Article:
Abbreviations: UK United Kingdom, USA United States of America, NIPHE National Institute for Public Health and the Environment, CTFPHC Canadian Task Force on Preventive Health Care, NA not available (cannot find information)

*Consider the person’s life expectancy when making a decision

Cervical cancer screening

Table 3 describes cervical cancer screening’s recommendations. Luxembourg is the only country with no national recommendation identified for cervical cancer screening. There was some heterogeneity regarding the recommended tests (cytology, HPV, or both), the age to begin screening, and screening intervals. Most countries recommend an age of initiation of screening from 18 to 29 years and a stopping age between 60 and 70 years. Countries most commonly recommend a screening interval of 3 to 5 years. Six out of the 21 countries have adopted HPV testing as a primary test for cervical cancer screening, and cytology is still predominantly recommended with a screening interval of 3 years.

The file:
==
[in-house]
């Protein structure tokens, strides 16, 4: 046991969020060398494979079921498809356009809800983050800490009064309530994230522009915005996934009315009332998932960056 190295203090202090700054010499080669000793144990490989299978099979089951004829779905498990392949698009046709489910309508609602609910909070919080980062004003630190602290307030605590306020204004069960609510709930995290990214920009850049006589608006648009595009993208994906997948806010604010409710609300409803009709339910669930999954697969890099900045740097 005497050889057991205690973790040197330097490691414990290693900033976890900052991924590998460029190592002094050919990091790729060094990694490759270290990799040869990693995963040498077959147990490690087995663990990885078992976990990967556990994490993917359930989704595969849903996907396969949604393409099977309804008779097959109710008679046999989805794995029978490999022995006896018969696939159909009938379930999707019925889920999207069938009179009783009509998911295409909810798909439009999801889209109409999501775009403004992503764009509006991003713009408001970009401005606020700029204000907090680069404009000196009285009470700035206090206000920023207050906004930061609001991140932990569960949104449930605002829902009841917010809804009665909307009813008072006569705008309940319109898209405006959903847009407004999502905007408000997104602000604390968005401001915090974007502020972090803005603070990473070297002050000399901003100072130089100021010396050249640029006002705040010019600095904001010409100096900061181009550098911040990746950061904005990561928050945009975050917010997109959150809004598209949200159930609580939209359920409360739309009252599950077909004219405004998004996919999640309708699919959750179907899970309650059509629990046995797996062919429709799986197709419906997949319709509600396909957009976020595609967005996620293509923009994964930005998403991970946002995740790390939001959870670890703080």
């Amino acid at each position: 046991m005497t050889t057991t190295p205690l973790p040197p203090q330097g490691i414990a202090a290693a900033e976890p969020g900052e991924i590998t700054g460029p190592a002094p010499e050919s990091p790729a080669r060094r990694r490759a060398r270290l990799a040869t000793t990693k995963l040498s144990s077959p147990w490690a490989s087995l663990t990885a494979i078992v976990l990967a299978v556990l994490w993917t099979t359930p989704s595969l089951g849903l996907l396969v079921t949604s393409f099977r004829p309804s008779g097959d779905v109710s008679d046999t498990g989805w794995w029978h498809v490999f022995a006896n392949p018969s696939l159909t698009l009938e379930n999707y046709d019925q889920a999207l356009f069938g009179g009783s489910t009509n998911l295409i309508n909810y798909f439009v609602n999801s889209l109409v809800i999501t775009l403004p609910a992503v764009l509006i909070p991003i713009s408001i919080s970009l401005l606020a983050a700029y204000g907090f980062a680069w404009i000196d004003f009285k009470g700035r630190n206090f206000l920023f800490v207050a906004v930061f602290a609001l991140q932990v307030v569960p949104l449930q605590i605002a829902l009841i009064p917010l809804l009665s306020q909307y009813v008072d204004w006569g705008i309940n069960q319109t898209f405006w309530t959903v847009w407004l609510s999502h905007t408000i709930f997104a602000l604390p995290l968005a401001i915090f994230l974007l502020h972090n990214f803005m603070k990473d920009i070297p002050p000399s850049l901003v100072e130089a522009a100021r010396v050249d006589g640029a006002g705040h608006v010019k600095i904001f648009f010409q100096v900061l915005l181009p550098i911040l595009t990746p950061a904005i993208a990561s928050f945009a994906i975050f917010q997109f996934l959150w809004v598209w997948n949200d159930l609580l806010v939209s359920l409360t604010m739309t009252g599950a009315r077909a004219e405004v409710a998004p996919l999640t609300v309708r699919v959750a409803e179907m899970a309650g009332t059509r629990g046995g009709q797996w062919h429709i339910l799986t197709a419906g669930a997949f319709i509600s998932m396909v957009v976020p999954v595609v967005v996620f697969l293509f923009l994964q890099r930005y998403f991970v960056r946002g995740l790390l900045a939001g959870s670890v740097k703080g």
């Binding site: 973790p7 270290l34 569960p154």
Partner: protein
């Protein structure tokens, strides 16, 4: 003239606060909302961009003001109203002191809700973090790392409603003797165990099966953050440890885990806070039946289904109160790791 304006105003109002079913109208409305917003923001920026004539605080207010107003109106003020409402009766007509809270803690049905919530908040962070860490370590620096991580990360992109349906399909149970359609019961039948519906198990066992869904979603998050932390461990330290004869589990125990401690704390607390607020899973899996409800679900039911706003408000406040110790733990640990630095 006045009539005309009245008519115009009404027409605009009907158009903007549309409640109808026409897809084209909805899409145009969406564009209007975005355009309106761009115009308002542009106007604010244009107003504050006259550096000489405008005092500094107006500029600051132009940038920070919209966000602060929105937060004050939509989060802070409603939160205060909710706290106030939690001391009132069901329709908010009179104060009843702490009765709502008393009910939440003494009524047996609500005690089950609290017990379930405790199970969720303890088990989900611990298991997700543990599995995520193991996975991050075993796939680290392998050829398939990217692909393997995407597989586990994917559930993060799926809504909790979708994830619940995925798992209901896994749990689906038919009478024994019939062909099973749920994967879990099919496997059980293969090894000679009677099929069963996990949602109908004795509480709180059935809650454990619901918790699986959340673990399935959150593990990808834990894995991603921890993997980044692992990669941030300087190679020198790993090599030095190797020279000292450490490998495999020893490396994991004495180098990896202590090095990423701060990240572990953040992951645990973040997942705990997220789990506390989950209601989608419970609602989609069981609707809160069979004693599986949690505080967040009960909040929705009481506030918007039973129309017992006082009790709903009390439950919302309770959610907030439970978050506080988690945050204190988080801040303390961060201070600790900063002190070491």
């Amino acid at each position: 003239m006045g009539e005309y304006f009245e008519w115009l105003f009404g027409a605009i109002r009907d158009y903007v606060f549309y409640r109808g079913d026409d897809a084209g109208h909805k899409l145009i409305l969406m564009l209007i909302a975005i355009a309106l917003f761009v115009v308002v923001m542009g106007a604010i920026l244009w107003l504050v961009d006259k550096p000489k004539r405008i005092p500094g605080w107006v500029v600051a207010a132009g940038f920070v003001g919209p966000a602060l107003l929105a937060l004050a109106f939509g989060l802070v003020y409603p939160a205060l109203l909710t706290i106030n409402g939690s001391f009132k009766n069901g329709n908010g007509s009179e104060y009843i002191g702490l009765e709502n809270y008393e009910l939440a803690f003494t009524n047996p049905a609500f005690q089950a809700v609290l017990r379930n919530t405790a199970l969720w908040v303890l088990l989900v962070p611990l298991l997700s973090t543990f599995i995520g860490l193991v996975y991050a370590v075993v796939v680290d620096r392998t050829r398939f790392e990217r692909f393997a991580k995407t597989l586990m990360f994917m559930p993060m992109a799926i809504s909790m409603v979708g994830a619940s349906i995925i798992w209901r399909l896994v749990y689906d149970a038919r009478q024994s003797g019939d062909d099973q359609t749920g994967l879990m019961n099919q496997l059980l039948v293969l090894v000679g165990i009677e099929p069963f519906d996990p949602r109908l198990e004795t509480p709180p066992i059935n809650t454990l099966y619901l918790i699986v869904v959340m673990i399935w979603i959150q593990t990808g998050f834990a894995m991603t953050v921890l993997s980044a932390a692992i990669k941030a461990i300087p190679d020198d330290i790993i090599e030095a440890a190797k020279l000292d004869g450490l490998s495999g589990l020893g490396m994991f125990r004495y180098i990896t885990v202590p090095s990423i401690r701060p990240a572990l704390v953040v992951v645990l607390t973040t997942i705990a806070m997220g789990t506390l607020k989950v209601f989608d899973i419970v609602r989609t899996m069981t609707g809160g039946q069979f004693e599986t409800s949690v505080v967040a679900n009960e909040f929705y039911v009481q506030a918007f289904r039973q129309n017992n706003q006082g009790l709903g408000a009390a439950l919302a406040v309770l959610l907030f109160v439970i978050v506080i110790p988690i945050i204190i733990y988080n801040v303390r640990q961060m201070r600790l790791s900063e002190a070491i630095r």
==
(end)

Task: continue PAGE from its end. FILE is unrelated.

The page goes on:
Table 3

Recommendations for cervical cancer screening, in order of overall healthcare spending

Type of organization: A national guideline committee, B cancer society, C specialty society, D other

Start and stop age coding: wavy border—not specified

Most guidelines recommend that screening cease between ages 65 and 70 years in women with consistently normal screening in the previous decade. Screening is not recommended for women who have had a hysterectomy for benign disease

1USA: screening age of 21–65 years for cytology and 30–65 years for cytology and HPV testing

2Switzerland: start and stop ages are not recommended

3Norway: screening age of and 25–69 years for cytology and 34–69 years for HPV testing

4Netherlands: screening age of 30–60 years